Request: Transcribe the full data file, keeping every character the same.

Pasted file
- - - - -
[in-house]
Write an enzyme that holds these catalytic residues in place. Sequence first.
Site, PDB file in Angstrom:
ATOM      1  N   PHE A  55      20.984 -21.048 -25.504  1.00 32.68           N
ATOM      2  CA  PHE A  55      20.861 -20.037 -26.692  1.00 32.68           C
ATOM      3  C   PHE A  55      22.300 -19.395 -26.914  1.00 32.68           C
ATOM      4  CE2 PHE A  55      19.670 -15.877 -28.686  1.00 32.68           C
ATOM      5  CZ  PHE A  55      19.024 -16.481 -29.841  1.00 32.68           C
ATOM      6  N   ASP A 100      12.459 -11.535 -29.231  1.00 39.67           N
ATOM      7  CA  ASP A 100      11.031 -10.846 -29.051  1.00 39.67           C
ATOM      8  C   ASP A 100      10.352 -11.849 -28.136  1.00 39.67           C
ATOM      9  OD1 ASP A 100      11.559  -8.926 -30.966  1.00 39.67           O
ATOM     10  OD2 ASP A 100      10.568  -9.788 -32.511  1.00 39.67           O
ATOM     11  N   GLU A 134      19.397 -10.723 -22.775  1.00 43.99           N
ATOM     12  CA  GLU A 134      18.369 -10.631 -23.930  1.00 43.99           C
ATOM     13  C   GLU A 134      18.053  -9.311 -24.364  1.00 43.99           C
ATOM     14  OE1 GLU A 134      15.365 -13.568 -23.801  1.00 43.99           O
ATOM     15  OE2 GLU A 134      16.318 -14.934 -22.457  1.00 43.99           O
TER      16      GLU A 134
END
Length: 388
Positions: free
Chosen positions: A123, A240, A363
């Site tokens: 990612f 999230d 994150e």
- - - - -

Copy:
[in-house]
Write an enzyme that holds these catalytic residues in place. Sequence first.
Site, PDB file in Angstrom:
ATOM      1  N   PHE A  55      20.984 -21.048 -25.504  1.00 32.68           N
ATOM      2  CA  PHE A  55      20.861 -20.037 -26.692  1.00 32.68           C
ATOM      3  C   PHE A  55      22.300 -19.395 -26.914  1.00 32.68           C
ATOM      4  CE2 PHE A  55      19.670 -15.877 -28.686  1.00 32.68           C
ATOM      5  CZ  PHE A  55      19.024 -16.481 -29.841  1.00 32.68           C
ATOM      6  N   ASP A 100      12.459 -11.535 -29.231  1.00 39.67           N
ATOM      7  CA  ASP A 100      11.031 -10.846 -29.051  1.00 39.67           C
ATOM      8  C   ASP A 100      10.352 -11.849 -28.136  1.00 39.67           C
ATOM      9  OD1 ASP A 100      11.559  -8.926 -30.966  1.00 39.67           O
ATOM     10  OD2 ASP A 100      10.568  -9.788 -32.511  1.00 39.67           O
ATOM     11  N   GLU A 134      19.397 -10.723 -22.775  1.00 43.99           N
ATOM     12  CA  GLU A 134      18.369 -10.631 -23.930  1.00 43.99           C
ATOM     13  C   GLU A 134      18.053  -9.311 -24.364  1.00 43.99           C
ATOM     14  OE1 GLU A 134      15.365 -13.568 -23.801  1.00 43.99           O
ATOM     15  OE2 GLU A 134      16.318 -14.934 -22.457  1.00 43.99           O
TER      16      GLU A 134
END
Length: 388
Positions: free
Chosen positions: A123, A240, A363
């Site tokens: 990612f 999230d 994150e």